European governments are pushing for bitcoin regulation as alarm grows that the world’s most popular digital currency is being used by money-launderers, drug traffickers and terrorists.
French Finance Minister Bruno Le Maire said he will ask his counterparts in the Group of 20 nations—whose presidency falls to Argentina next year—to consider joint regulation of bitcoin. His concerns are shared by the Italian government, which would be open to discussing regulation, according to a government official in Rome who asked not to named since the move is not yet policy. The U.K. is also backing European Union moves to bring in new rules that would apply to bitcoin.
“I don’t like it; it can hide activities such as drug trafficking and terrorism,” Le Maire said on LCI television, adding that he also had concerns for savers. “There is an obvious speculative risk, we need to look at it, study it,” he said.
Le Maire’s proposal came as bitcoin took another step toward acceptability with the launch of futures trading Sunday night at the CME Group (CME) venue. That’s a week after Chicago rival Cboe Global Markets (CBOE) introduced similar derivatives on the volatile cryptocurrency that was created in the wake of the 2008 financial crisis as an alternative to banks and government-issued currencies. Bitcoin was closing in on a fresh record $20,000 on Monday.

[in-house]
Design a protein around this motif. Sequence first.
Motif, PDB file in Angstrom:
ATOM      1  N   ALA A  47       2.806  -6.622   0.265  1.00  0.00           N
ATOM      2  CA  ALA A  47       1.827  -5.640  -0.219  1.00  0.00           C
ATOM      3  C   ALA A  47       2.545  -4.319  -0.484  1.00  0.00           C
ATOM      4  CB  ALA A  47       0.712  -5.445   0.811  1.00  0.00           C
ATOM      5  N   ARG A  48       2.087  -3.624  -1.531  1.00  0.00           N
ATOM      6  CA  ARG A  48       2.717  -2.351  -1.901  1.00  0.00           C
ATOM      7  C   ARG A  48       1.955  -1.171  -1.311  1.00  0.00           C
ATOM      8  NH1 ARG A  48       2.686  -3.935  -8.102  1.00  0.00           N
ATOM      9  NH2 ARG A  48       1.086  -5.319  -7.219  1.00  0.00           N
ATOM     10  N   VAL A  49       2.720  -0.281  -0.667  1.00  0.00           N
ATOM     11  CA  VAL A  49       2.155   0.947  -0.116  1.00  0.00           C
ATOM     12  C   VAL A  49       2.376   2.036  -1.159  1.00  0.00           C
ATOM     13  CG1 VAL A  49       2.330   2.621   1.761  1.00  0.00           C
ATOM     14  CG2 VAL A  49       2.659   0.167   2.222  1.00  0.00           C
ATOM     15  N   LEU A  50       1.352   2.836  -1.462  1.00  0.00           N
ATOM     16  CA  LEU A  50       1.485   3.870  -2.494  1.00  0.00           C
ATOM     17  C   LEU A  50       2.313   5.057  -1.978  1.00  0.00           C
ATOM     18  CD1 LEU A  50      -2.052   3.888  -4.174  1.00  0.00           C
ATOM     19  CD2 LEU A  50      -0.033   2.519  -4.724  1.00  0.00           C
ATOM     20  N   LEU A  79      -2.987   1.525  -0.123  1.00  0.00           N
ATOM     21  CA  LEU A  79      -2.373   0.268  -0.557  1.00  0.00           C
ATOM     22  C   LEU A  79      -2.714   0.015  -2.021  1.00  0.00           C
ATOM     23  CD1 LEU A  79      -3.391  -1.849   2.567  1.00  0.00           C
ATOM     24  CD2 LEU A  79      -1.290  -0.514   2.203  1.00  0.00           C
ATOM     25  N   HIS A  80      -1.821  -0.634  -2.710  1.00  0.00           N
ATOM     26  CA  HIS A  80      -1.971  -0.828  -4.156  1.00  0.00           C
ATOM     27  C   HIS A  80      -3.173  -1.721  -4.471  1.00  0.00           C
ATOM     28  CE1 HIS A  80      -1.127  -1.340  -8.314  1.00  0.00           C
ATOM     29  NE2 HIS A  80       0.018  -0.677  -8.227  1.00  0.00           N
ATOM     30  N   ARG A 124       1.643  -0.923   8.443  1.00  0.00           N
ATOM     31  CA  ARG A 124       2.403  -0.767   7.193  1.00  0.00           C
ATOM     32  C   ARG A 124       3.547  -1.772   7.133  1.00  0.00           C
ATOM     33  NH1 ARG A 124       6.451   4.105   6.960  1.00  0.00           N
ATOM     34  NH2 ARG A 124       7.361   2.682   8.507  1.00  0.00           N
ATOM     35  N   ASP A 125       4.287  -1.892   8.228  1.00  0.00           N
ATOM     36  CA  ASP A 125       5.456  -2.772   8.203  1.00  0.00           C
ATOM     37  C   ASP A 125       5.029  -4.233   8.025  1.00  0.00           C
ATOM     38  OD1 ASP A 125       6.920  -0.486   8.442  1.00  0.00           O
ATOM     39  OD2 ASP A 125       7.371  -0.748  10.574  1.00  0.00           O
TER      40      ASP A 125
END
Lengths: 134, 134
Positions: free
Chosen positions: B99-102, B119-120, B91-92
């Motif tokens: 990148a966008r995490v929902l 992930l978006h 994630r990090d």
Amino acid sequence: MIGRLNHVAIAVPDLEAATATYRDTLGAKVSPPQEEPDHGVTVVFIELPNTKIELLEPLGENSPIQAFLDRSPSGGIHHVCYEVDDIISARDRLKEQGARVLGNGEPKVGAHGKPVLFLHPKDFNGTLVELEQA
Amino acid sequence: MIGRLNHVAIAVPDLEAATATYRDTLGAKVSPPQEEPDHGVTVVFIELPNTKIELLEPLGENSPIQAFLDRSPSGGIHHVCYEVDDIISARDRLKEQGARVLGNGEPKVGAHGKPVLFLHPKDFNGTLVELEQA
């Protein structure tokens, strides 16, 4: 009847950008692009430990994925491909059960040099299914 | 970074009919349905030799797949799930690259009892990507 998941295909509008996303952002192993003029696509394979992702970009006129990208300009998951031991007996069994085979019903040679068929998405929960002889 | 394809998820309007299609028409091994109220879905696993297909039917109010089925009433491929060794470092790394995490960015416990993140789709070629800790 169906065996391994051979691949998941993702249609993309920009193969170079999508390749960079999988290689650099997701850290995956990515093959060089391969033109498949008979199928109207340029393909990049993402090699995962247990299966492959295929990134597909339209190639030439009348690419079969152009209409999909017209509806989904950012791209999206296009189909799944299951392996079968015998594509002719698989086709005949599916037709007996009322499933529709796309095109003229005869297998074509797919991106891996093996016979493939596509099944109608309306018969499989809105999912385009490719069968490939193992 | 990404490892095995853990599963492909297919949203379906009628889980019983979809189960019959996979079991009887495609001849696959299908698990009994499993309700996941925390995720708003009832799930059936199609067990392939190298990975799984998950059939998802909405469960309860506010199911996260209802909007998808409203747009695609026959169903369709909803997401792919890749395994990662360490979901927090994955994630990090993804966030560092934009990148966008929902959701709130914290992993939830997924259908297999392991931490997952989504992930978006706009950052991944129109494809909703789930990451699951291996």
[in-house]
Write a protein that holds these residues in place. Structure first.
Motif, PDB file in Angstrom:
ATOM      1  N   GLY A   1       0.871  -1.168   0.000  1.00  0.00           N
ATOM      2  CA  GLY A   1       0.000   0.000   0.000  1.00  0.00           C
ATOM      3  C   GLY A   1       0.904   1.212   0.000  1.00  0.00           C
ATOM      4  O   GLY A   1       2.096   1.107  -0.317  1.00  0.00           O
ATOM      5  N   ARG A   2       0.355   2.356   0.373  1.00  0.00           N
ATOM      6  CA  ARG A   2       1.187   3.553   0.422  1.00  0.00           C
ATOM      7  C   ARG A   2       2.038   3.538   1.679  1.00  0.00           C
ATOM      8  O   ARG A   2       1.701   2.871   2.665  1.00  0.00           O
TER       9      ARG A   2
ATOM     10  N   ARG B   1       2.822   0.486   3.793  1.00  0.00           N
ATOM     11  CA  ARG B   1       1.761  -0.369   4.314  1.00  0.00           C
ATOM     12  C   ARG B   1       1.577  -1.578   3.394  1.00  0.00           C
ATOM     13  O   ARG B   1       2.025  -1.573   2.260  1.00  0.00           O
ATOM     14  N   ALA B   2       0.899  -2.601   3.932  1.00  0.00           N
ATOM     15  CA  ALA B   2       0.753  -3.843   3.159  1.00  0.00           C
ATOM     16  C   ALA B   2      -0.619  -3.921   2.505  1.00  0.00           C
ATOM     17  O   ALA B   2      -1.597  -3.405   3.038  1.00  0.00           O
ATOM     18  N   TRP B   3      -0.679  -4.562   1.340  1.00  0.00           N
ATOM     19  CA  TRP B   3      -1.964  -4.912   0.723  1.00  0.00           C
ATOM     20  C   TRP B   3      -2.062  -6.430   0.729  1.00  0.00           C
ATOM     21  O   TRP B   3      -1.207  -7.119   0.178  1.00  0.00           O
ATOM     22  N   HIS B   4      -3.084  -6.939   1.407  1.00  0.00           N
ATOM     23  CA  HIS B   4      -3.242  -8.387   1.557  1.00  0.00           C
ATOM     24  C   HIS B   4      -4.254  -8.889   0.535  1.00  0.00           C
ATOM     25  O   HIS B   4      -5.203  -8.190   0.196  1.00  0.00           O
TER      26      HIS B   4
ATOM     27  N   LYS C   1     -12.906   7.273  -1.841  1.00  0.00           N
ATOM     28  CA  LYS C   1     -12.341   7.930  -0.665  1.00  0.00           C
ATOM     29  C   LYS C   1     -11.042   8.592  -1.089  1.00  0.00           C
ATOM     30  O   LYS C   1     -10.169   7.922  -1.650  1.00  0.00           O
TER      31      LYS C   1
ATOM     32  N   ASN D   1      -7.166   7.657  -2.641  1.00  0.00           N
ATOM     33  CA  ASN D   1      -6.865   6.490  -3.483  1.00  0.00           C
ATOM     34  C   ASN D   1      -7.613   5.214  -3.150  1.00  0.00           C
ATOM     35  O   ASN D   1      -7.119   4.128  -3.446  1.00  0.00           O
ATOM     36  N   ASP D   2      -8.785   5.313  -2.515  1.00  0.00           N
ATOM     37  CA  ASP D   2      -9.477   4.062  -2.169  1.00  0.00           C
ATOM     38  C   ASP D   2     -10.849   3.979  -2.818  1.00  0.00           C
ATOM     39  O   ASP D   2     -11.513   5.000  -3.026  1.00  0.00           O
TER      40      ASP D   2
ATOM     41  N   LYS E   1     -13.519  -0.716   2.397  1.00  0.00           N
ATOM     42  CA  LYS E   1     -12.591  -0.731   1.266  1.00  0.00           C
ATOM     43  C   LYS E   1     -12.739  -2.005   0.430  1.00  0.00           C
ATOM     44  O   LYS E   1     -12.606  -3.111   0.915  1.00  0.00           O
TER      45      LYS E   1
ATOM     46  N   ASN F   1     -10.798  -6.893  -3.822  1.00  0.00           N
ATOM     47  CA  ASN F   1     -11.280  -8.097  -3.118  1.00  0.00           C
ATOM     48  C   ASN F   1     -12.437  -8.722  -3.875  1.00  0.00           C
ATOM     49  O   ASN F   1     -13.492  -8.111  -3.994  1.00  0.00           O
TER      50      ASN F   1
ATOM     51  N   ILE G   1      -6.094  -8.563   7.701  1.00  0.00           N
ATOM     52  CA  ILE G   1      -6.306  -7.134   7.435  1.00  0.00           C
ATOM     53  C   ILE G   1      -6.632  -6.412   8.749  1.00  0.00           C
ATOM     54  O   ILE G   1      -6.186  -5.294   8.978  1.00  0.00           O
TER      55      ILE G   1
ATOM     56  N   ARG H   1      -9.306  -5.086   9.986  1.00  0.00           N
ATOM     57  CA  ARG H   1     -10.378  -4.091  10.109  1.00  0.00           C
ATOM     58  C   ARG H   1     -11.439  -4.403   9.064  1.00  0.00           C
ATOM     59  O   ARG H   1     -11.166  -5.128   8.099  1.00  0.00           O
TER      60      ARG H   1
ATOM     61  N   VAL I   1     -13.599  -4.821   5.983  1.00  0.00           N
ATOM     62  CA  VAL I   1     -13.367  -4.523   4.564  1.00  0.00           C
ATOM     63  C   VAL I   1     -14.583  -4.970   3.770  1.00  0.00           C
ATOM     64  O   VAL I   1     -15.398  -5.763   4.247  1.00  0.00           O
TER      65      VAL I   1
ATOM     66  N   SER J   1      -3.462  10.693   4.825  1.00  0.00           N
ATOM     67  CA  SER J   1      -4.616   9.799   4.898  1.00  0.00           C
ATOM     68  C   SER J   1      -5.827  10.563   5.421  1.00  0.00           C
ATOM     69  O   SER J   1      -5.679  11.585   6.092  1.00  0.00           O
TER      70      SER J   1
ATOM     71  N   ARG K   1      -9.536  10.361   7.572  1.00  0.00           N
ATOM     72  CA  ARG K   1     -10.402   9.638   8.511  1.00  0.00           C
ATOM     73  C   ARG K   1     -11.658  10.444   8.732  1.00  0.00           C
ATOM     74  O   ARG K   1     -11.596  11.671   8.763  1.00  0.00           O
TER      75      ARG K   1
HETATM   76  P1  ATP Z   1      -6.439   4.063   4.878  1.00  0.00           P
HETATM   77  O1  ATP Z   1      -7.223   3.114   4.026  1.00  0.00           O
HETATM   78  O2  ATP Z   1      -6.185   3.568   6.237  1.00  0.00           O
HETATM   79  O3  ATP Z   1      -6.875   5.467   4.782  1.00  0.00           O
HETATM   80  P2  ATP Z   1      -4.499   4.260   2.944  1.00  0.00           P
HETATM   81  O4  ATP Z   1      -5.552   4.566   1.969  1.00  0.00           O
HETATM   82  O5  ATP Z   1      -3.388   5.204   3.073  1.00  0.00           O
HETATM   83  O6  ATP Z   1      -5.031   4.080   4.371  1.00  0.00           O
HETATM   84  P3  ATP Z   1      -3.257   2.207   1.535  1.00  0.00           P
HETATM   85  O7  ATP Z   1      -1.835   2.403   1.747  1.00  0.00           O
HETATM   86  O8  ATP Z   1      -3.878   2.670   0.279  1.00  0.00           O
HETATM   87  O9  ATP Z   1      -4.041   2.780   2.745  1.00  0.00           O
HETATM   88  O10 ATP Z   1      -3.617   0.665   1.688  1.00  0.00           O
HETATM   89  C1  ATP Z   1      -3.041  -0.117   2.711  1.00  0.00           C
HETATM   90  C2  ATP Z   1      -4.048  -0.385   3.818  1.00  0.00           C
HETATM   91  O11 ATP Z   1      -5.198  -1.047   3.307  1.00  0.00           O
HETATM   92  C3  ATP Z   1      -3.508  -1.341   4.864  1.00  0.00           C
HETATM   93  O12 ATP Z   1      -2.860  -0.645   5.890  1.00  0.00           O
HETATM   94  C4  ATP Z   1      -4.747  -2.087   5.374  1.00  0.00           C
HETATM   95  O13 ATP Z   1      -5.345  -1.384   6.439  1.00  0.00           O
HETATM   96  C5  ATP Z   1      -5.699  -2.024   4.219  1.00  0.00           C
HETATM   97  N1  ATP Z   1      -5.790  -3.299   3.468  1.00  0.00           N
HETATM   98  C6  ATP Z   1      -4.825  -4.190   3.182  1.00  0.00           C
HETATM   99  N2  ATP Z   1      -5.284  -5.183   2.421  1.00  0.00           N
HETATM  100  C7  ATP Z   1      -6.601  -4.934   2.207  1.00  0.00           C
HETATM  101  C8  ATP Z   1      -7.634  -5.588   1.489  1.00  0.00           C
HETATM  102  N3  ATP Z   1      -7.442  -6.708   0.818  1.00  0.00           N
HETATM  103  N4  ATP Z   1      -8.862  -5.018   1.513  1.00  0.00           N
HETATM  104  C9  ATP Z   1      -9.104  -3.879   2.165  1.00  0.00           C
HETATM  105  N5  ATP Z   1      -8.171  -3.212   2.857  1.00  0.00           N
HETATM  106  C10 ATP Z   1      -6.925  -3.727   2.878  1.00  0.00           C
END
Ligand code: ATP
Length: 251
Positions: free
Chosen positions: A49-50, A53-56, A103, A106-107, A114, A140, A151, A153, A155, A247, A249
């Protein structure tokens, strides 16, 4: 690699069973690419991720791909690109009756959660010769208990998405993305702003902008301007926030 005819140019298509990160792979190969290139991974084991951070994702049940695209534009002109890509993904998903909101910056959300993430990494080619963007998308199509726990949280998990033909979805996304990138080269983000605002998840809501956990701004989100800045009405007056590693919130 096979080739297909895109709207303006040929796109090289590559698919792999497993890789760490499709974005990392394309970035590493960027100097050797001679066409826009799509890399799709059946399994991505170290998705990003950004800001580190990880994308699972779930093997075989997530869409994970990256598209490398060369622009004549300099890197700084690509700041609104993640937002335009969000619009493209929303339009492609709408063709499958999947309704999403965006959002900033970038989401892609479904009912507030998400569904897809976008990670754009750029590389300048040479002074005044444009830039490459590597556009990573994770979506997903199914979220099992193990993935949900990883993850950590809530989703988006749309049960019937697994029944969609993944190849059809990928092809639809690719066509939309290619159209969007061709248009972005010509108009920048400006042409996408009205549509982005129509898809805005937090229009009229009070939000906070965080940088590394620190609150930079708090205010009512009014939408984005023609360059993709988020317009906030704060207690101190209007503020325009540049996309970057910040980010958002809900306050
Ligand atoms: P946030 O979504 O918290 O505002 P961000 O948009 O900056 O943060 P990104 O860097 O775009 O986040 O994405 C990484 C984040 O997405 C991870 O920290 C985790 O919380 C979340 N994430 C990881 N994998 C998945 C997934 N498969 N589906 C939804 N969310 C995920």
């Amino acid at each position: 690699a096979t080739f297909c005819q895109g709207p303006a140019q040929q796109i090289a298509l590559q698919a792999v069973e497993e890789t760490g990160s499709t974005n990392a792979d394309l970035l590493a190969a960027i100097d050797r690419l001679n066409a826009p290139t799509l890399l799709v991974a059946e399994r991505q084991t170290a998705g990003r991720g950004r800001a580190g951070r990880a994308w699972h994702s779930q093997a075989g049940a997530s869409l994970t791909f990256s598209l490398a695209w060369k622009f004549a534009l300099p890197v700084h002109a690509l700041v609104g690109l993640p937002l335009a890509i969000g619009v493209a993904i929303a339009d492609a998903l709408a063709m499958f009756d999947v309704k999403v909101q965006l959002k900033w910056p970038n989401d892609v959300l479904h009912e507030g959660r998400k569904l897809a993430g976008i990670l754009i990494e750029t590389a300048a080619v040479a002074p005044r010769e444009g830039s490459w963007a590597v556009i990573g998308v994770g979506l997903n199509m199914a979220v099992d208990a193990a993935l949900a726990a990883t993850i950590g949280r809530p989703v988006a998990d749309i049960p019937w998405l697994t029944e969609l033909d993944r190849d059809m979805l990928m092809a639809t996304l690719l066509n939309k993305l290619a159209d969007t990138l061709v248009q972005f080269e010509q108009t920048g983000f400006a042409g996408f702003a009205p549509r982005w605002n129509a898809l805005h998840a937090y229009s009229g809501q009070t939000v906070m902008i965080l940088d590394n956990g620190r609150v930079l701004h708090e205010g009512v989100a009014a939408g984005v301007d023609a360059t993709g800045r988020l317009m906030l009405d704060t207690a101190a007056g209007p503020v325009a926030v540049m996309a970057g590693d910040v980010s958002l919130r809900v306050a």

France is not alone in seeking to regulate a currency which is stepping further into the mainstream financial world. Italian Finance Minister Pier Carlo Padoan would be ready to discuss Le Maire’s proposal, according to the official in Rome, who said that the ministry had yet to receive any request from Paris.
The EU is working on new rules for cryptocurrencies. Stephen Barclay, Economic Secretary to the British Treasury, told lawmakers on Nov. 3 the government is negotiating with EU partners to “bring virtual currency exchange platforms and custodian wallet providers into anti-money laundering and counter-terrorist financing regulation.” The firms’ activities would be overseen by national authorities, Barclay said, adding he expected the talks to conclude at European Union level this year or in early 2018.
For the British government, digital currencies “can be used to enable and facilitate cybercrime,” according to a note from the Treasury. “There is little current evidence of them being used to launder money, though this risk is expected to grow,” the Treasury said. “That is why these regulations will help.”
Two Nobel economics laureates denounced Bitcoin last month. Joseph Stiglitz said it should be outlawed, and doesn’t serve “any socially-useful function.” Robert J. Shiller said the attraction of the currency was a narrative akin to a “mystery movie” that draws in people who want to outsmart the system.